Toronto neighbourhood fights hate with rainbows

Homophobic vandalism sparks outpouring of community support in city's west end

After homophobic vandals targeted homes in a west-end neighbourhood, some homeowners decided the best response was to throw a party and blanket the community in rainbows.

In Toronto’s Runnymede and Jane area on Sept 14, about 200 people, many with their children and dogs, packed into the parking lot at Runnymede Collegiate Institute to show the community they will not tolerate anti-gay hatred.

They also raised more than $500, with the help of Glad Day Bookshop, to buy rainbow flags for those neighbours who want one.

Sarah Harrison and Pascal Murphy, who organized the event, were overcome with emotion when they took the stage. The couple, who are both Ryerson instructors, call themselves “passionate allies.”

For the past two years, vandals have targeted Harrison and Murphy’s home. Rainbow flags they mounted outside their home have been ripped down, their car tires have been slashed and dog feces has been smeared on their property.

The school at which activists hosted the barbecue is directly across the street from the couple’s home. In fact, the high school is the reason Harrison and Murphy put up a rainbow flag in the first place.

Harrison says they wanted to send a positive message to any queer students who look out the window. “We know there are many youth in that school who are struggling with their identity,” she says. “We want them to know there’s people out there that support them.”

After the first rainbow flag was torn off their front porch two years ago, Harrison and Murphy replaced it. It was quickly removed. They responded by putting up two more, mounting them high up on the second floor to make them inaccessible.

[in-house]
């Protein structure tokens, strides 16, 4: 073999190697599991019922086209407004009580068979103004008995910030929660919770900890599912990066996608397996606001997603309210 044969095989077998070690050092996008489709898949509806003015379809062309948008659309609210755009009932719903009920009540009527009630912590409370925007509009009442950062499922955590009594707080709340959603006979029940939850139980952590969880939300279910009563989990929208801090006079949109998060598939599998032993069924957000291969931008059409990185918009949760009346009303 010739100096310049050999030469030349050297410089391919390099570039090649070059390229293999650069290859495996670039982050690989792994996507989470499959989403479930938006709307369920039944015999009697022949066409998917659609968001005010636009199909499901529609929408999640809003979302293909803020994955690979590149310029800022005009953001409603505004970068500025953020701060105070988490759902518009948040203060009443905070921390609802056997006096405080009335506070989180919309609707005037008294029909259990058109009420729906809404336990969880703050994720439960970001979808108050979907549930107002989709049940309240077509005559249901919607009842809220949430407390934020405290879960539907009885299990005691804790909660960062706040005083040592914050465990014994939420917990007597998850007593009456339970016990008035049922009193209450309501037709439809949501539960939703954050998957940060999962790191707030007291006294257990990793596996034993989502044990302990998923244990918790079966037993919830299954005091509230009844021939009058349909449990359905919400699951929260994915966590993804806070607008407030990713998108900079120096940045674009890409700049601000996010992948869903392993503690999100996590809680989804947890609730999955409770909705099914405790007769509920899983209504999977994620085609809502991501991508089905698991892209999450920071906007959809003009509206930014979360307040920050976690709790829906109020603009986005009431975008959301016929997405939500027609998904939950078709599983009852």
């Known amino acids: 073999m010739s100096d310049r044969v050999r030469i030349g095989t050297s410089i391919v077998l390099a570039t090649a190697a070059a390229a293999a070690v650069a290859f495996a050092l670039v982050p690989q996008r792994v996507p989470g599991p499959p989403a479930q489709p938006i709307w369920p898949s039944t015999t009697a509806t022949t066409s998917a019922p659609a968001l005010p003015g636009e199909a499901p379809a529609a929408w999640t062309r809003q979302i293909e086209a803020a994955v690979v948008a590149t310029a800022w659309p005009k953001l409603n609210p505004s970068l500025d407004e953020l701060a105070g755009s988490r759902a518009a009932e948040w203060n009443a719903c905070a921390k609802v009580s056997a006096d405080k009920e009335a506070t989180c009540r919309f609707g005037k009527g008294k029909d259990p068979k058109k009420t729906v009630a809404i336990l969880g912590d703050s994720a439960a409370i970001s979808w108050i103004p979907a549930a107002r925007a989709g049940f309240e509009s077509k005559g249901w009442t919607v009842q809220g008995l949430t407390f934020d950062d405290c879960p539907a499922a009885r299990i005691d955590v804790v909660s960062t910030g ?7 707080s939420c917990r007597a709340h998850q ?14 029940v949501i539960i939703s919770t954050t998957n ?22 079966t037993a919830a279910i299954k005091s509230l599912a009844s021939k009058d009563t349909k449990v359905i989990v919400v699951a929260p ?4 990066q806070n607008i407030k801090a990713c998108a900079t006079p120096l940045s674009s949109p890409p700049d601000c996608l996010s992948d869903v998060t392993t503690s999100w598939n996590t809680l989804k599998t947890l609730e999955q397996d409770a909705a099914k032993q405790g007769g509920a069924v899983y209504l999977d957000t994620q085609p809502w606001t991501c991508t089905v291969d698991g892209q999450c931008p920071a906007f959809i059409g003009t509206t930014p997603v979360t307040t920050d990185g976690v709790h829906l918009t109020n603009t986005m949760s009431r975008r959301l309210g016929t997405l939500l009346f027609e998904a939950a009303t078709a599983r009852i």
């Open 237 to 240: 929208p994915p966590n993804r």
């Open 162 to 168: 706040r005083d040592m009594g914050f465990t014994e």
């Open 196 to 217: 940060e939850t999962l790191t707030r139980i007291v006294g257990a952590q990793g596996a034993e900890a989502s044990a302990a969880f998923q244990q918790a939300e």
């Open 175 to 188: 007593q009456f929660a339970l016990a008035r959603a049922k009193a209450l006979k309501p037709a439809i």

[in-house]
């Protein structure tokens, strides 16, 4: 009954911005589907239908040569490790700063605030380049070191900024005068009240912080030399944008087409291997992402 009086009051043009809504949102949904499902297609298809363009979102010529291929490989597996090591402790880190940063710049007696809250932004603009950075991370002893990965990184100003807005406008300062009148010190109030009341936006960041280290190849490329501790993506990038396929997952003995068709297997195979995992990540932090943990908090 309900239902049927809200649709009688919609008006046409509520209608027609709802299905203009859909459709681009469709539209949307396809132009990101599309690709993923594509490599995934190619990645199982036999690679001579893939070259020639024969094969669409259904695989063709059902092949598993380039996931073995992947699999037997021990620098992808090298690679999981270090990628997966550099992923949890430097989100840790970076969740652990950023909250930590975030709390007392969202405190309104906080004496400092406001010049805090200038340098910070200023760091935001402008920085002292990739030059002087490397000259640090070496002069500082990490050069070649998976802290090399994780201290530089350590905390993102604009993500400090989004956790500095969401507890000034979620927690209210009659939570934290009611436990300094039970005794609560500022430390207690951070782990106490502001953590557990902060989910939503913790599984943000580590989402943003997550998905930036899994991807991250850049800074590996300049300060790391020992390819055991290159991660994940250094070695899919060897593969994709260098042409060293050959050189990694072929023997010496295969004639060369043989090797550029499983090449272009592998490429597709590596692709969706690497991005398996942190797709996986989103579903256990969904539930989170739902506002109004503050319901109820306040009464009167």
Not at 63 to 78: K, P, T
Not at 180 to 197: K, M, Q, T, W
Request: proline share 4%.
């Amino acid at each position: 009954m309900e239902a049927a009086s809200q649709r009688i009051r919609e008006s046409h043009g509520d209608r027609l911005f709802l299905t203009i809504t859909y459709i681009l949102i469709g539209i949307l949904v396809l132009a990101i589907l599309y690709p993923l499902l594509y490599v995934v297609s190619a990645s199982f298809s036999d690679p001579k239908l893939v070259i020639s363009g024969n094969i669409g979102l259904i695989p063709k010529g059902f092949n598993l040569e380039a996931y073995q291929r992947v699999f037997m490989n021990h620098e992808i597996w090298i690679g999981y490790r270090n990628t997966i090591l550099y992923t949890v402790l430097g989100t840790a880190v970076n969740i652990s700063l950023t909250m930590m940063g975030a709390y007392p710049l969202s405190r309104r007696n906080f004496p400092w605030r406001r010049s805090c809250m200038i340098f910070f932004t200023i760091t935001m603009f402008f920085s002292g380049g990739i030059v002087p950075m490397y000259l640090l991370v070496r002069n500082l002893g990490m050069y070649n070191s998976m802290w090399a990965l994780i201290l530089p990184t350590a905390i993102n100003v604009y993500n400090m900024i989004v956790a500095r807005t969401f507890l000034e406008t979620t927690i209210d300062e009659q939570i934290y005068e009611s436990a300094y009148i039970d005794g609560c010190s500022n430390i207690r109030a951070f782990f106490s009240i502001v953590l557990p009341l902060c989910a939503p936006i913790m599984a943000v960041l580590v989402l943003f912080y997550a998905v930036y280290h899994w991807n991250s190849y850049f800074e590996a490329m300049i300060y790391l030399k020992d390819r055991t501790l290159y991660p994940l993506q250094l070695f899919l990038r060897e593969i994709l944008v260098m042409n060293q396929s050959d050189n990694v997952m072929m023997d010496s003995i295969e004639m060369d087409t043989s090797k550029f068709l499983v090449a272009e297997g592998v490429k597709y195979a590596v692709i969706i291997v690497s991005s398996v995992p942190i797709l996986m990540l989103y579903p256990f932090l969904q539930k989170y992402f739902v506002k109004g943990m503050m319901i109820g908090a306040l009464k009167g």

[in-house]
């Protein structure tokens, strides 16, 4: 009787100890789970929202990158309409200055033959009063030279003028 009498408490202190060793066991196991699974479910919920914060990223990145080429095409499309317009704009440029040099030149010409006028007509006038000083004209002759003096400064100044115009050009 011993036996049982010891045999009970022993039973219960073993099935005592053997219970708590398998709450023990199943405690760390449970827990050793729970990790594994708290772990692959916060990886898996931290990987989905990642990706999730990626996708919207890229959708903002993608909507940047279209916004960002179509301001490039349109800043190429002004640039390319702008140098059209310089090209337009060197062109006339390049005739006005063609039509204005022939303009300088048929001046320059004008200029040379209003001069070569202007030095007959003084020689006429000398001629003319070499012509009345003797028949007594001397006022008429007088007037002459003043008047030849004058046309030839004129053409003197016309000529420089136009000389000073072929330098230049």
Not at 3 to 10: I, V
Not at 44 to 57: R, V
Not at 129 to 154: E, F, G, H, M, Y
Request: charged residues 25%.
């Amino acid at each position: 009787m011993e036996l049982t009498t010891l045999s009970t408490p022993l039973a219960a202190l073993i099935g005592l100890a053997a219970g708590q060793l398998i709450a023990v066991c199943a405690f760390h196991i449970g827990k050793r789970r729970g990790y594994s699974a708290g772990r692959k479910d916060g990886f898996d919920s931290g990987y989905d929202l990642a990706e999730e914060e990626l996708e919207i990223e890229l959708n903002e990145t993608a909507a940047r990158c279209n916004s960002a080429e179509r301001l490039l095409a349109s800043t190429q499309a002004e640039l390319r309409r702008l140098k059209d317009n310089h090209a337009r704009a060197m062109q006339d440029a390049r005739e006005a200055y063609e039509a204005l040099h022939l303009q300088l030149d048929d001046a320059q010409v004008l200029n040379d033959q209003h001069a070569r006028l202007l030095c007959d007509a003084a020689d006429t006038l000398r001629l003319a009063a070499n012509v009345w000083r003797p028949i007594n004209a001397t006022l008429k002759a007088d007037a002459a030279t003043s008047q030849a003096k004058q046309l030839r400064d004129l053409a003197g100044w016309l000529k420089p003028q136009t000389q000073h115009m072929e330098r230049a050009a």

That’s when the attacks got worse. The vandal, or vandals, left dog feces on the family car and in the front yard. Then, last year, the couple found spray paint on the sidewalk in front of their home saying, “Be happy, not gay.”

On Aug 29, the couple discovered that the rear tires on their vehicle had been slashed. They also learned theirs isn’t the only home in the neighbourhood being targeted. Mike and Heidi Hunter, who live nearby, also had their rainbow flags torn down and similar messages spray painted on the sidewalk in front of their house.

“I think we all feel that we don’t want hatred in our neighbourhood, and we value inclusion here,” Heidi Hunter says, holding her five-month-old daughter, Emily. “Look at all the families here today. This is the message kids should see.”

NDP MPP Cheri DiNovo joined Ward 13 Councillor Sarah Doucette and NDP MP Peggy Nash onstage to applaud the community for its creative response to hatred.


DiNovo says she suspects the vandals may actually be youth from Runnymede Collegiate Institute.

“This is a school where there are many first-generation kids whose parents have come from other places and maybe brought some of the attitudes and prejudices that has permeated other communities,” she says. “We want to be able to talk to them about what it means to be Canadian, what it means to be a part of this community and what it means to be inclusive.”

Glad Day CEO Michael Erickson says he hopes to work with the school to create anti-homophobia workshops or even provide resources through Glad Day.

“Now that school has started, a number of us are looking forward to reaching out to the [Toronto District School Board] to see how we can take this amazing community moment and build partnership, build understanding and work with students, parents and neighbours,” he says. “Hopefully that builds a stronger community relationship with the school.”

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Activism, Health, Power, News, Toronto, Canada, Censorship

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